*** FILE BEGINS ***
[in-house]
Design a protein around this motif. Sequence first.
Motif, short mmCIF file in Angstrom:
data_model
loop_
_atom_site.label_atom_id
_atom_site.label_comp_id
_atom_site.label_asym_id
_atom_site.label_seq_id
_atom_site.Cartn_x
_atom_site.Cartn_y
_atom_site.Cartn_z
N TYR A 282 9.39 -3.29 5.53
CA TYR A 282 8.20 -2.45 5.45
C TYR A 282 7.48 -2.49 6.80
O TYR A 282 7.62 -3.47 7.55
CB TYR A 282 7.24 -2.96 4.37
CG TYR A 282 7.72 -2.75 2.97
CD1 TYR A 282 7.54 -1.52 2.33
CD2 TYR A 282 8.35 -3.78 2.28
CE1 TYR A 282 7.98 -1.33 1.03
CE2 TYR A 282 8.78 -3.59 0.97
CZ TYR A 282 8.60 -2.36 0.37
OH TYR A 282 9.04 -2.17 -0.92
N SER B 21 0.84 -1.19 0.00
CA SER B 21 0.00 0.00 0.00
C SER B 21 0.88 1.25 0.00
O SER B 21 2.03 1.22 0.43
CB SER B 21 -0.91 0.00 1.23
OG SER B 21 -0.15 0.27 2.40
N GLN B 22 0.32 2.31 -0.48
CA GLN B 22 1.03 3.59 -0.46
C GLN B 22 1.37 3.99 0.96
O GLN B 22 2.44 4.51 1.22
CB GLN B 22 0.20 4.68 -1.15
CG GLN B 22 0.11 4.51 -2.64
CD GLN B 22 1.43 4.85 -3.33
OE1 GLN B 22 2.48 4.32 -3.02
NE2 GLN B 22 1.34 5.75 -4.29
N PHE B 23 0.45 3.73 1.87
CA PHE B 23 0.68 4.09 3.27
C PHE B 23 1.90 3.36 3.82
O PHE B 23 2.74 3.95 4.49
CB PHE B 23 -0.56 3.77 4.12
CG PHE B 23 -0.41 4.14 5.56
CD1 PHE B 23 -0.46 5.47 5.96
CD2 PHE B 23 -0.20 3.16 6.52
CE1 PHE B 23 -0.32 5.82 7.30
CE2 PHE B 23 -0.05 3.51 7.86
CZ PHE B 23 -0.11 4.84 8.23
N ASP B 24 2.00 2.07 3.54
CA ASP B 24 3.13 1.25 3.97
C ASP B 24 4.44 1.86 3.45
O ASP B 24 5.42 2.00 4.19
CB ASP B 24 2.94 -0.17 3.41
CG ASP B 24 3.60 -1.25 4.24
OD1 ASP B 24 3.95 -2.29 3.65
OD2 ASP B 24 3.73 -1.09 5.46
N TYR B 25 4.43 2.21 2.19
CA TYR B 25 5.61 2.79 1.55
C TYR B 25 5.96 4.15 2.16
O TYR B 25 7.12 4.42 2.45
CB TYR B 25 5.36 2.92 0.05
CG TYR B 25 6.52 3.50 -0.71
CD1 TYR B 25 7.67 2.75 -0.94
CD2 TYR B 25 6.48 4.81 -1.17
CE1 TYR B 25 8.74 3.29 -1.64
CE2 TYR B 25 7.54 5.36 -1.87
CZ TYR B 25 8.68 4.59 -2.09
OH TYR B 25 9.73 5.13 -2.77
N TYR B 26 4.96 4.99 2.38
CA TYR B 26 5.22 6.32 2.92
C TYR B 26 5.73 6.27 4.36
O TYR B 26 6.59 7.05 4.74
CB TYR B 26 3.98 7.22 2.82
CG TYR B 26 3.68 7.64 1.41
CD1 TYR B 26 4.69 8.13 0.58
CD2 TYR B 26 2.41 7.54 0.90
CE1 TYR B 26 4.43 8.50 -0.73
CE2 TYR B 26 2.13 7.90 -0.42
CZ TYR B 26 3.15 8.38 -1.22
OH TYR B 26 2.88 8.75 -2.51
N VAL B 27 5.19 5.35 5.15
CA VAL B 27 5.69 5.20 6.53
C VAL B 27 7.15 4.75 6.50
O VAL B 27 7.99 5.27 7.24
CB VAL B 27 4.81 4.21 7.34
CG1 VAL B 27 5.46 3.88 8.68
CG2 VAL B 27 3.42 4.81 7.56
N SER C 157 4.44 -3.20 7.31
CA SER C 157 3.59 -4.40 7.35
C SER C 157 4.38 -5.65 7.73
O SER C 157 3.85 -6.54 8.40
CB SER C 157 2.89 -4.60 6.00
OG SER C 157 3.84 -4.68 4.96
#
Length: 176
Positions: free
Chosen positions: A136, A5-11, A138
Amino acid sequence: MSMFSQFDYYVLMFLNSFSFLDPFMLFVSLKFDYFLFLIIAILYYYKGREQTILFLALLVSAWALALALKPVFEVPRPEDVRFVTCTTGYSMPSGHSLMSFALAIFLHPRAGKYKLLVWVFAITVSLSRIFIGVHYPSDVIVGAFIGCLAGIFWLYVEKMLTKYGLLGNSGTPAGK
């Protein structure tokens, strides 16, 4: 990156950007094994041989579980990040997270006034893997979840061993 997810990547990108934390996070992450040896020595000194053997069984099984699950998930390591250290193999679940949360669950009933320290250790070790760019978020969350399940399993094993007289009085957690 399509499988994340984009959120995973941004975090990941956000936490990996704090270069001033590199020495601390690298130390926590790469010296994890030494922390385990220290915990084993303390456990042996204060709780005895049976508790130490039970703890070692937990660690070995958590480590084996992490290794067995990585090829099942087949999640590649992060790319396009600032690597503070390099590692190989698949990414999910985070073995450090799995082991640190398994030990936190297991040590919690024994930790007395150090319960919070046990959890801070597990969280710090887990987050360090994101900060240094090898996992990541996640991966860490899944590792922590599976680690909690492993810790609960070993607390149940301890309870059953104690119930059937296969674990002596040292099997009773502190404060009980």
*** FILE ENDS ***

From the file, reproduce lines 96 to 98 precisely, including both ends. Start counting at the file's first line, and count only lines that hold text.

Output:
#
Length: 176
Positions: free